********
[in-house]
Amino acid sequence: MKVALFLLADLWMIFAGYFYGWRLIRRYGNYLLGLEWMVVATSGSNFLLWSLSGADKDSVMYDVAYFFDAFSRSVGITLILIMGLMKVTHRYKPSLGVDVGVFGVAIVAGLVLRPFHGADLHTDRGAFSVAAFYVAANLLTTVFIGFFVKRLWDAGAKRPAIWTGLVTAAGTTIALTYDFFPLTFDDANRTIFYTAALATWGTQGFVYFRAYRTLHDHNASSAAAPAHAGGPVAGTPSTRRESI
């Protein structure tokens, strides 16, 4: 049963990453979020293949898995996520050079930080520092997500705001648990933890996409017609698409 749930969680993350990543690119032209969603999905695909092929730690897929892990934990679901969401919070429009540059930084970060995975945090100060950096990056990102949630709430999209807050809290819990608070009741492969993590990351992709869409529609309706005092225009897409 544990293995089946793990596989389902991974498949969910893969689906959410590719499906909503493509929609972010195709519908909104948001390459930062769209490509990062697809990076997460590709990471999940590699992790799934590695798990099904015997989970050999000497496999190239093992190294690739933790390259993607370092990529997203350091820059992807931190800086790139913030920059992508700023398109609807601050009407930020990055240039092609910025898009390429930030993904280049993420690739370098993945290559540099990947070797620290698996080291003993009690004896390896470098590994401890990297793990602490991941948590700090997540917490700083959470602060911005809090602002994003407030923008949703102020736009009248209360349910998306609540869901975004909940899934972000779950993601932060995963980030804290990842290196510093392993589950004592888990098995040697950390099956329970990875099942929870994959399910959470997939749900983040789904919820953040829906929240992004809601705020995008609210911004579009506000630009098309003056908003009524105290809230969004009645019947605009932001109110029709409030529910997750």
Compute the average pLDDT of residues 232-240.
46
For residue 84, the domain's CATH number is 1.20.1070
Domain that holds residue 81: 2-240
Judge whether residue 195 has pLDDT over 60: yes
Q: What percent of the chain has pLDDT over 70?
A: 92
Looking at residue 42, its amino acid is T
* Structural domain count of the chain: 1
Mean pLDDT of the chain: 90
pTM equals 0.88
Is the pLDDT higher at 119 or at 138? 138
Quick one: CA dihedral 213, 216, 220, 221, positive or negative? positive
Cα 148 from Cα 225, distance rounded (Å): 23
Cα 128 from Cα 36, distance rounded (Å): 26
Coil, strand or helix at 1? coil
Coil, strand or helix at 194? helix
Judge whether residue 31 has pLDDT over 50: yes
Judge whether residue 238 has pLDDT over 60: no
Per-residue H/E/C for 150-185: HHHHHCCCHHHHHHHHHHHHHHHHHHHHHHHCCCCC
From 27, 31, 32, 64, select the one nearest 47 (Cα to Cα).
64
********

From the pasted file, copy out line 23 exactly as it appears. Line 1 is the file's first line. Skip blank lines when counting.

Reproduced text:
Per-residue H/E/C for 150-185: HHHHHCCCHHHHHHHHHHHHHHHHHHHHHHHCCCCC